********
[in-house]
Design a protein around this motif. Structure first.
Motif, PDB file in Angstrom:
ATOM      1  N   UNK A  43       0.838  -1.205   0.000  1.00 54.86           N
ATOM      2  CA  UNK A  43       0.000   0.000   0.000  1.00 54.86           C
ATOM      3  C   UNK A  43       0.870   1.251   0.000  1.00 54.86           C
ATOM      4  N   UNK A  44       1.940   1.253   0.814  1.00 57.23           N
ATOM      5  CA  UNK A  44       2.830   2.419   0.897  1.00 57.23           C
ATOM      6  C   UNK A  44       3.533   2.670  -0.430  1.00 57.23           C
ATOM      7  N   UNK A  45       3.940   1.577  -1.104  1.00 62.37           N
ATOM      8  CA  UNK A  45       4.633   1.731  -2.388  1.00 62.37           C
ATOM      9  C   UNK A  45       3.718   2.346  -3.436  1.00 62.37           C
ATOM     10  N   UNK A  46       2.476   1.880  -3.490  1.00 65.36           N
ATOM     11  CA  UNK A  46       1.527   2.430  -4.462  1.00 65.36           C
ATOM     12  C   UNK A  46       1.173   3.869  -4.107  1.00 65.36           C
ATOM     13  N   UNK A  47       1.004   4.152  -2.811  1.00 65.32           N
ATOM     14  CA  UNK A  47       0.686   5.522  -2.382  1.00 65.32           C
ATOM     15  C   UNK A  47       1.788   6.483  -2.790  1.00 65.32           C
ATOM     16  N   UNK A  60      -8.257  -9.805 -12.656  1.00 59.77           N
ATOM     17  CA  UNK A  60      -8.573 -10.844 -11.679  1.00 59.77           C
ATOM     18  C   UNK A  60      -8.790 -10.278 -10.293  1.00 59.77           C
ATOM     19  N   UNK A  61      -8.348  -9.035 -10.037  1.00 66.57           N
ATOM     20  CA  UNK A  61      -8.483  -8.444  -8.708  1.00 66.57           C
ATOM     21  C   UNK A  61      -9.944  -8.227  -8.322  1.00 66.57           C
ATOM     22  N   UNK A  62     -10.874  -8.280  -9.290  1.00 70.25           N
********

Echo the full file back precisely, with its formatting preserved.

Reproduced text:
[in-house]
Design a protein around this motif. Structure first.
Motif, PDB file in Angstrom:
ATOM      1  N   UNK A  43       0.838  -1.205   0.000  1.00 54.86           N
ATOM      2  CA  UNK A  43       0.000   0.000   0.000  1.00 54.86           C
ATOM      3  C   UNK A  43       0.870   1.251   0.000  1.00 54.86           C
ATOM      4  N   UNK A  44       1.940   1.253   0.814  1.00 57.23           N
ATOM      5  CA  UNK A  44       2.830   2.419   0.897  1.00 57.23           C
ATOM      6  C   UNK A  44       3.533   2.670  -0.430  1.00 57.23           C
ATOM      7  N   UNK A  45       3.940   1.577  -1.104  1.00 62.37           N
ATOM      8  CA  UNK A  45       4.633   1.731  -2.388  1.00 62.37           C
ATOM      9  C   UNK A  45       3.718   2.346  -3.436  1.00 62.37           C
ATOM     10  N   UNK A  46       2.476   1.880  -3.490  1.00 65.36           N
ATOM     11  CA  UNK A  46       1.527   2.430  -4.462  1.00 65.36           C
ATOM     12  C   UNK A  46       1.173   3.869  -4.107  1.00 65.36           C
ATOM     13  N   UNK A  47       1.004   4.152  -2.811  1.00 65.32           N
ATOM     14  CA  UNK A  47       0.686   5.522  -2.382  1.00 65.32           C
ATOM     15  C   UNK A  47       1.788   6.483  -2.790  1.00 65.32           C
ATOM     16  N   UNK A  60      -8.257  -9.805 -12.656  1.00 59.77           N
ATOM     17  CA  UNK A  60      -8.573 -10.844 -11.679  1.00 59.77           C
ATOM     18  C   UNK A  60      -8.790 -10.278 -10.293  1.00 59.77           C
ATOM     19  N   UNK A  61      -8.348  -9.035 -10.037  1.00 66.57           N
ATOM     20  CA  UNK A  61      -8.483  -8.444  -8.708  1.00 66.57           C
ATOM     21  C   UNK A  61      -9.944  -8.227  -8.322  1.00 66.57           C
ATOM     22  N   UNK A  62     -10.874  -8.280  -9.290  1.00 70.25           N